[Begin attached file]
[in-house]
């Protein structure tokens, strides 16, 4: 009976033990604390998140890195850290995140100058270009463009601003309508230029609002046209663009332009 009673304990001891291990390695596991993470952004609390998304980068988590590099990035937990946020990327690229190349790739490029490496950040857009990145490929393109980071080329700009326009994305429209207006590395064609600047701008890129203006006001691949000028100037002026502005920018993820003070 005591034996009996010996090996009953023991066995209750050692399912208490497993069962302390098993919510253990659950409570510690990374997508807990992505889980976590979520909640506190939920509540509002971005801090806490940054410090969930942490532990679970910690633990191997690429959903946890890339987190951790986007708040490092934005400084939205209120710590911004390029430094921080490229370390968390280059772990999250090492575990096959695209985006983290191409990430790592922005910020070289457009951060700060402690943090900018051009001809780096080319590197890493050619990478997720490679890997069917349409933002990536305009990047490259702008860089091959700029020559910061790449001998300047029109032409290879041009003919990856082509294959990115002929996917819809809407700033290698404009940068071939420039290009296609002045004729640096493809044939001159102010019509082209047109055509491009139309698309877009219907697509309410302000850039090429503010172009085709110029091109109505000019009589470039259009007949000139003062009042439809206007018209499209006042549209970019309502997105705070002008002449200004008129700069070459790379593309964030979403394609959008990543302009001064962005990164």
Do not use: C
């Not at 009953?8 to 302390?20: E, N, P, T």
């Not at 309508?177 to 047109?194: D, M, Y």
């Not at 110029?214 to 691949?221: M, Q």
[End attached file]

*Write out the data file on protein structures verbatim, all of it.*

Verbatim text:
[in-house]
């Protein structure tokens, strides 16, 4: 009976033990604390998140890195850290995140100058270009463009601003309508230029609002046209663009332009 009673304990001891291990390695596991993470952004609390998304980068988590590099990035937990946020990327690229190349790739490029490496950040857009990145490929393109980071080329700009326009994305429209207006590395064609600047701008890129203006006001691949000028100037002026502005920018993820003070 005591034996009996010996090996009953023991066995209750050692399912208490497993069962302390098993919510253990659950409570510690990374997508807990992505889980976590979520909640506190939920509540509002971005801090806490940054410090969930942490532990679970910690633990191997690429959903946890890339987190951790986007708040490092934005400084939205209120710590911004390029430094921080490229370390968390280059772990999250090492575990096959695209985006983290191409990430790592922005910020070289457009951060700060402690943090900018051009001809780096080319590197890493050619990478997720490679890997069917349409933002990536305009990047490259702008860089091959700029020559910061790449001998300047029109032409290879041009003919990856082509294959990115002929996917819809809407700033290698404009940068071939420039290009296609002045004729640096493809044939001159102010019509082209047109055509491009139309698309877009219907697509309410302000850039090429503010172009085709110029091109109505000019009589470039259009007949000139003062009042439809206007018209499209006042549209970019309502997105705070002008002449200004008129700069070459790379593309964030979403394609959008990543302009001064962005990164």
Do not use: C
């Not at 009953?8 to 302390?20: E, N, P, T």
């Not at 309508?177 to 047109?194: D, M, Y």
């Not at 110029?214 to 691949?221: M, Q």